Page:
Graduate studies at Western
Ethics and Education 5 (1):3-13 (2010)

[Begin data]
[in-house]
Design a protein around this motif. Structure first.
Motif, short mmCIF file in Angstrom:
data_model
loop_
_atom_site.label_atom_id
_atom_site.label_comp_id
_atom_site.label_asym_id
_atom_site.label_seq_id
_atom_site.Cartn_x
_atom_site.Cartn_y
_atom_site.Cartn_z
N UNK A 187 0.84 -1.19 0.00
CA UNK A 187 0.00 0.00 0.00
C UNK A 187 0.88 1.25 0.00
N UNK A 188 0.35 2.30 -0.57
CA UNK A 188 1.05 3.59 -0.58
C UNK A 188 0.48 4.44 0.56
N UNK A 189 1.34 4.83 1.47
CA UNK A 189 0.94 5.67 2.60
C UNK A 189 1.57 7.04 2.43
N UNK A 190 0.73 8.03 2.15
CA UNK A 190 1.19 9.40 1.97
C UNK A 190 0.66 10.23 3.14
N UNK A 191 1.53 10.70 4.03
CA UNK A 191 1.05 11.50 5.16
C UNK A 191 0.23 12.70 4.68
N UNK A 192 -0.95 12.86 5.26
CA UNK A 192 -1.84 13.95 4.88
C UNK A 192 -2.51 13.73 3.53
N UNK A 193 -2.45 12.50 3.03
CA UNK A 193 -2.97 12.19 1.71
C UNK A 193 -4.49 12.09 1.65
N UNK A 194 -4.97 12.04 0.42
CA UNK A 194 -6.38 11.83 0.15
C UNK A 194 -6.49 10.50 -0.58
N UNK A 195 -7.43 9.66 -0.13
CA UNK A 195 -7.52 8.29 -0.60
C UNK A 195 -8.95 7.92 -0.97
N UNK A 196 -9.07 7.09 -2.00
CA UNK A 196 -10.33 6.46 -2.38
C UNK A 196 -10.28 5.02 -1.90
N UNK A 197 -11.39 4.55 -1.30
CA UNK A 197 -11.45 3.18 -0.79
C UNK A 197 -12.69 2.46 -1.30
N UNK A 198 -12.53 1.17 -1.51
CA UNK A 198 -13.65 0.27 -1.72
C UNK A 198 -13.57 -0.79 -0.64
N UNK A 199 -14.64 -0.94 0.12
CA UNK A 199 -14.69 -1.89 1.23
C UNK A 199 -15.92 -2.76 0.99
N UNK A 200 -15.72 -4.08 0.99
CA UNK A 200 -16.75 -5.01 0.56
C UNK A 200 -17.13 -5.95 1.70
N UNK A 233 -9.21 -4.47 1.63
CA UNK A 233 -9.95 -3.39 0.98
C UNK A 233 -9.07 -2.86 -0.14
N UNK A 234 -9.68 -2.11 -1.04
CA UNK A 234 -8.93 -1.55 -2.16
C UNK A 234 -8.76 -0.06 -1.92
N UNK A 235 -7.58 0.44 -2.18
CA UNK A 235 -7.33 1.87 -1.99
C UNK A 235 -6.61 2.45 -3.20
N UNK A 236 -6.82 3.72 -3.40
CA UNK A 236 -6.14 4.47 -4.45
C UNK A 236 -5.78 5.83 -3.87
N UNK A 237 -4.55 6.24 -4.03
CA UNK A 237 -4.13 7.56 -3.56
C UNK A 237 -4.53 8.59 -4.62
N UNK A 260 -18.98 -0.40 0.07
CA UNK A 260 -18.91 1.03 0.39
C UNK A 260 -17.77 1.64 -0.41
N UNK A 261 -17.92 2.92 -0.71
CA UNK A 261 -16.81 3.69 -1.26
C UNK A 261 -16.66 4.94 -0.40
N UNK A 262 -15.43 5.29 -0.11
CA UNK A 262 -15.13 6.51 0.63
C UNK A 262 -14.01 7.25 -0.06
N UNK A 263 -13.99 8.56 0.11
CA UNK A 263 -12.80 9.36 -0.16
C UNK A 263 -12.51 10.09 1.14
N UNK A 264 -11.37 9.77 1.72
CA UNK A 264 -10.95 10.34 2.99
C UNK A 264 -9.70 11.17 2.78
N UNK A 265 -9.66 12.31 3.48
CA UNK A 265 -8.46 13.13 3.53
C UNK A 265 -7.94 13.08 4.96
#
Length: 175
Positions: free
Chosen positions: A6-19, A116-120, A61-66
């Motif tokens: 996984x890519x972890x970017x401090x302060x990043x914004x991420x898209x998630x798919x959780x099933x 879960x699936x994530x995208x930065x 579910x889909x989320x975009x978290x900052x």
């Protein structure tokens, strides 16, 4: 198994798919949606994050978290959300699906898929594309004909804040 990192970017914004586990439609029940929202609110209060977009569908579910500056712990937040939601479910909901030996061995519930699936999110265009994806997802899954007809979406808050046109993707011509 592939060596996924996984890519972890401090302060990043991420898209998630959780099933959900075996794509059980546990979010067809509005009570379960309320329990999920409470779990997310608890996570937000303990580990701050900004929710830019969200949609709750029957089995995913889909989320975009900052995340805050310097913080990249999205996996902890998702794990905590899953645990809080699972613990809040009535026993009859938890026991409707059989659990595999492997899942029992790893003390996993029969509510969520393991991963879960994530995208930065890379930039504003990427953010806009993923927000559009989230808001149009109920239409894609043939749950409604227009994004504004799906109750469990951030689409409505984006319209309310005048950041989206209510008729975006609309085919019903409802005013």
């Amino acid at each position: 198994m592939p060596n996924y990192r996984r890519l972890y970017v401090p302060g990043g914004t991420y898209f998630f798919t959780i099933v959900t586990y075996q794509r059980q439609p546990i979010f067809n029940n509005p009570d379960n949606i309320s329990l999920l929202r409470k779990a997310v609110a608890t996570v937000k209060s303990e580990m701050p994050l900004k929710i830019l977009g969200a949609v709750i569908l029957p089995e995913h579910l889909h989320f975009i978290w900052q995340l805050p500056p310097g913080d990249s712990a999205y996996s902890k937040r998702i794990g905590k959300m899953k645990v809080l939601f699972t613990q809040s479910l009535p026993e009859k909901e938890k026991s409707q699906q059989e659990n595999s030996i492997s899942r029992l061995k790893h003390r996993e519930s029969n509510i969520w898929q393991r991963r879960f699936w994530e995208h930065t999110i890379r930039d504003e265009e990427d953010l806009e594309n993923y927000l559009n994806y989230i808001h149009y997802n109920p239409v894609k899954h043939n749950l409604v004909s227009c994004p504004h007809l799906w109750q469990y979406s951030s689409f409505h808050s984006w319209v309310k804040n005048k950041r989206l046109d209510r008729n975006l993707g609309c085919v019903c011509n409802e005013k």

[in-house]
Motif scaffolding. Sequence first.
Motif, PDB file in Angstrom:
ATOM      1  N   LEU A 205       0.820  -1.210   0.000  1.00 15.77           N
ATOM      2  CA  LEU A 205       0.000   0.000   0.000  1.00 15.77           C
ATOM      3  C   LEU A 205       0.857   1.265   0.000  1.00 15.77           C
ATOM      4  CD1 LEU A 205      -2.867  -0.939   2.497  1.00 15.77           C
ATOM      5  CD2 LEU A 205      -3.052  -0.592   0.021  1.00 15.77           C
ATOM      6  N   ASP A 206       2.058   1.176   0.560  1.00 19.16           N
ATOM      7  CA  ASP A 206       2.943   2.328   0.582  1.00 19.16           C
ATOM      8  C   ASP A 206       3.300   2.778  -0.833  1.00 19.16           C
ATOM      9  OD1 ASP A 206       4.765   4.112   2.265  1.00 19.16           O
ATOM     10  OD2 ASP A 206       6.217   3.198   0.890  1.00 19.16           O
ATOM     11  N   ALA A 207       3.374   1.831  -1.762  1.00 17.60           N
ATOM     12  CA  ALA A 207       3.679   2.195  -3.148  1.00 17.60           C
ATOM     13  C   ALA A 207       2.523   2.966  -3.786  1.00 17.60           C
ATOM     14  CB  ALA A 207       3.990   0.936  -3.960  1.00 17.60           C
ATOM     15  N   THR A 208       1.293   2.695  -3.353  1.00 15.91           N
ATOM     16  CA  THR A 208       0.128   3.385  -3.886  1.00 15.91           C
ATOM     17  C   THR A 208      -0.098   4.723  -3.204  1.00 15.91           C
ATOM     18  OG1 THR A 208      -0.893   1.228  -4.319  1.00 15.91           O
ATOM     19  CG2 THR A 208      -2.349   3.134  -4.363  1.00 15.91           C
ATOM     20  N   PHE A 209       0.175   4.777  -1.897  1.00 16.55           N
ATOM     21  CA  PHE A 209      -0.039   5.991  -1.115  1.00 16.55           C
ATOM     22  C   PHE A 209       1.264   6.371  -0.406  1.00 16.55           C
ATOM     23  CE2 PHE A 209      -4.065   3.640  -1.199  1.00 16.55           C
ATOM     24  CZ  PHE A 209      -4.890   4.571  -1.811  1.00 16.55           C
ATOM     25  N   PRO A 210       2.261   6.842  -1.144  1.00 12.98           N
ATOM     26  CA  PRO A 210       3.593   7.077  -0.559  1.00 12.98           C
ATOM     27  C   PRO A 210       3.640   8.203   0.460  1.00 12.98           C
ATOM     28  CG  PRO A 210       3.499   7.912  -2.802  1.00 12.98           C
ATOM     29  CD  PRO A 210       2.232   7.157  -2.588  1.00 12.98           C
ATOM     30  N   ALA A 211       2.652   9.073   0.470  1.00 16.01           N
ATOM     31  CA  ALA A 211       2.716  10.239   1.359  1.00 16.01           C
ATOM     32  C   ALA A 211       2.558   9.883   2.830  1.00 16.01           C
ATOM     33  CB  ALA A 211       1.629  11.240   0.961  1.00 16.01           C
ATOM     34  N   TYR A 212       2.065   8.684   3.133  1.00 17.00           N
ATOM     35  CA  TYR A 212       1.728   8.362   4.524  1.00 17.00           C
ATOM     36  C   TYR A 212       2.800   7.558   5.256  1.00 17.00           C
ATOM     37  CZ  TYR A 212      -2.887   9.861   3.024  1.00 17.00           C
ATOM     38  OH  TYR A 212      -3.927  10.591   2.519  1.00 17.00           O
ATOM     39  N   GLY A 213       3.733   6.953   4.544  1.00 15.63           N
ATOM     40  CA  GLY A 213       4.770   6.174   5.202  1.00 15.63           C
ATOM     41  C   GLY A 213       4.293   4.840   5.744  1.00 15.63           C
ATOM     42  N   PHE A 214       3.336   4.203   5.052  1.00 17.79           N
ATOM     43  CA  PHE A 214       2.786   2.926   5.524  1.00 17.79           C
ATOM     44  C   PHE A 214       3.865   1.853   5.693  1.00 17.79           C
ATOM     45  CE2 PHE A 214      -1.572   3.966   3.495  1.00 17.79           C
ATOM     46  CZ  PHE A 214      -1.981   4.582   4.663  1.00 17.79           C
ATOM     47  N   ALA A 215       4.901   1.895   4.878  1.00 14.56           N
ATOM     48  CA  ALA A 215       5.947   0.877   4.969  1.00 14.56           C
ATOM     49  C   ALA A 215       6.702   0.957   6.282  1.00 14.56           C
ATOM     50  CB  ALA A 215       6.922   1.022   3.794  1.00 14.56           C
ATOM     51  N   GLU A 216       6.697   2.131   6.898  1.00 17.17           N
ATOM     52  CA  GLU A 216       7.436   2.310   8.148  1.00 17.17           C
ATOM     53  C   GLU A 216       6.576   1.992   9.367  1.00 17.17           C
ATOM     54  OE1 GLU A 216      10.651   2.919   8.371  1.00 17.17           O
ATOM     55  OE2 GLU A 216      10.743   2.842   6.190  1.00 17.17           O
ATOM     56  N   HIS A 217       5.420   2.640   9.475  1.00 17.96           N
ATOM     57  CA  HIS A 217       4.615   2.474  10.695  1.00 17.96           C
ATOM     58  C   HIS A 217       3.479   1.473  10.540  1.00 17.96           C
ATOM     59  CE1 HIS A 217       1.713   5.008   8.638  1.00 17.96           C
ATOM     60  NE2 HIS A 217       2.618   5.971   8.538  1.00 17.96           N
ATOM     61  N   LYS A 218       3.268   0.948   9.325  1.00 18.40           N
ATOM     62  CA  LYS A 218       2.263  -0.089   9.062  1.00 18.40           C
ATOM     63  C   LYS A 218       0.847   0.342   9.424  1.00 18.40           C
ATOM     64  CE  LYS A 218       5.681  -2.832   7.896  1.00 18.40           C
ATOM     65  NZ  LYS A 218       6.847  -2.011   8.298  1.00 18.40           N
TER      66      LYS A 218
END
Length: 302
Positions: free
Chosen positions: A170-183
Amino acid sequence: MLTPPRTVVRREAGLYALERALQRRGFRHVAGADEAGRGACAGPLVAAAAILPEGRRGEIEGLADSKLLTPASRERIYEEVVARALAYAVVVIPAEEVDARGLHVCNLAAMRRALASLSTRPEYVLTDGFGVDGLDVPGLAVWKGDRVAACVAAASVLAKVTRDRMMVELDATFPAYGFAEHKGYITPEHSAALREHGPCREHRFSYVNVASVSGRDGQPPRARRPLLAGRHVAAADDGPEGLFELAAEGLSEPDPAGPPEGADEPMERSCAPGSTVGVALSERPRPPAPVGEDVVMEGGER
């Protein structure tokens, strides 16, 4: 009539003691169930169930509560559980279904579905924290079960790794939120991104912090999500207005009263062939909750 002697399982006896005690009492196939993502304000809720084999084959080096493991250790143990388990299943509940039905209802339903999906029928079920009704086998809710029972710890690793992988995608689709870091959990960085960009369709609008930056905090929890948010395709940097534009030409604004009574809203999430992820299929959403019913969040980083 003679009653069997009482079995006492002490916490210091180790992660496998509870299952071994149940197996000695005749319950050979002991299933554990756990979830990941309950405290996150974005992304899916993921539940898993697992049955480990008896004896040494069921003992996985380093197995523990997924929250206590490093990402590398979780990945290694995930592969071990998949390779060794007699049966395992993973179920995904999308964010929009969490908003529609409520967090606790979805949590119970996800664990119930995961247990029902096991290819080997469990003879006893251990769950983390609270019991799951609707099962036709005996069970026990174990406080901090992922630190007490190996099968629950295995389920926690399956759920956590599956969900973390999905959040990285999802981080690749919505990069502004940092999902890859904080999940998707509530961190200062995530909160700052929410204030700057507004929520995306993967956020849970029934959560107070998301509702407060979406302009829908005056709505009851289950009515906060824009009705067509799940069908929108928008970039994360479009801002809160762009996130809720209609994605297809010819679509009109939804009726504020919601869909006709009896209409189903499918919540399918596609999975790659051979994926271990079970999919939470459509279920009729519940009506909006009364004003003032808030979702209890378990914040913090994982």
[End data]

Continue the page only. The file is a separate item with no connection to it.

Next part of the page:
|Abstract||Despite the declarations of international documents on minority language rights, provision is patchy for supporting minority languages in the UK, where since the 1980s governments have deliberately or unwittingly greatly raised the profile and comparative standing of English. The partial exception to this trend has been the treatment of indigenous/regional minority languages, stimulated by policies of devolution intended to revive or create a sense of national identity, and to redress perceived historic linguistic injustices. In a multicultural state or region these apparently reasonable goals appear to conflict with current views of citizenship that argue for inclusiveness and equal treatment for all under the law. In particular, the question arises why indigenous minority languages should receive official support and funding that is denied to speakers of minority ethnic languages. In this article, I examine various justifications offered for this, including higher population levels, the geographical concentration of indigenous speakers, the long historical ties between regional language and culture, and the notion of promotional rights. I attempt to show each argument lacks force and ignores the fact of natural language change. I argue for an approach to indigenous languages that weights support and funding according to a range of factors including the number of minority speakers, their perceived need and the benefits that would flow from funding. Support from the local community and private sources could also be encouraged|
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